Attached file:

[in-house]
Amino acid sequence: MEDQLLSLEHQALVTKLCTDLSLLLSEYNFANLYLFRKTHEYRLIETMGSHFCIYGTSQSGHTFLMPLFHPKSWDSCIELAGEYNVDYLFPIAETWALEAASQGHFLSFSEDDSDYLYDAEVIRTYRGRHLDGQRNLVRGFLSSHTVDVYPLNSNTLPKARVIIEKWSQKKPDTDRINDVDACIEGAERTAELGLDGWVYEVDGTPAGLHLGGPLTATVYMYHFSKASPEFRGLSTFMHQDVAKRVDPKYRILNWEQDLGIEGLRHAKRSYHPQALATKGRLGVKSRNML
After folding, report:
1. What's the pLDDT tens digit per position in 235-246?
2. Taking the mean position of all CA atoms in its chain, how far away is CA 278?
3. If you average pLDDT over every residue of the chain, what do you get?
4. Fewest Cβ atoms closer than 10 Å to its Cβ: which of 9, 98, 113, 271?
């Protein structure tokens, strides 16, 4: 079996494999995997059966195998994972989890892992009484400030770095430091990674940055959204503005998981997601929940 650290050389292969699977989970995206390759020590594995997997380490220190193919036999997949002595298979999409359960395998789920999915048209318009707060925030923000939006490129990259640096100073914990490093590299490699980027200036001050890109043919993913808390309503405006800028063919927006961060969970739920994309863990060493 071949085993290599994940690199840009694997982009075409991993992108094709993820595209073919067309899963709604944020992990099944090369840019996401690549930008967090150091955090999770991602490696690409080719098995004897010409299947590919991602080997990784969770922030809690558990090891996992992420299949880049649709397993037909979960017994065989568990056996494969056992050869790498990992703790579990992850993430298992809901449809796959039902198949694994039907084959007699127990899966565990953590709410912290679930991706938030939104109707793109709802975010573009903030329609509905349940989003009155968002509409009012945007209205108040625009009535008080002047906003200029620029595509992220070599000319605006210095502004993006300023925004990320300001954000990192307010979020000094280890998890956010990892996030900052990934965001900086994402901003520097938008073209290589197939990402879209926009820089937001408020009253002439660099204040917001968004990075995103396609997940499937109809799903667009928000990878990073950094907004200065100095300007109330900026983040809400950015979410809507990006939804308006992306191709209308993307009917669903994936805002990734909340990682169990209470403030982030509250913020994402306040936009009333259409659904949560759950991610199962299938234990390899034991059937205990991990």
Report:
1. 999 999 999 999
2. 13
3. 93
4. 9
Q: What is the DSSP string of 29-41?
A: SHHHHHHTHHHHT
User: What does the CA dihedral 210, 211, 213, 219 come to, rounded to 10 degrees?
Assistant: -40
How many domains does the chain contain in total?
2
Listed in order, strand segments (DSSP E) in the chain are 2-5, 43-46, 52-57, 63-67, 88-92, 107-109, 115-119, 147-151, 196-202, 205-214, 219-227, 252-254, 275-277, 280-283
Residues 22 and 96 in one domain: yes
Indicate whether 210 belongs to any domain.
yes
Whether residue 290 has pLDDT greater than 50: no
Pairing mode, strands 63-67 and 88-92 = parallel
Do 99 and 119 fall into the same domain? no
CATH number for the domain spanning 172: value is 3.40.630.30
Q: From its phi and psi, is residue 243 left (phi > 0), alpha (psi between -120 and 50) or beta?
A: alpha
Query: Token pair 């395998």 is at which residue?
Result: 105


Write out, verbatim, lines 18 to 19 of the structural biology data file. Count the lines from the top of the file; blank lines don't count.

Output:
How many domains does the chain contain in total?
2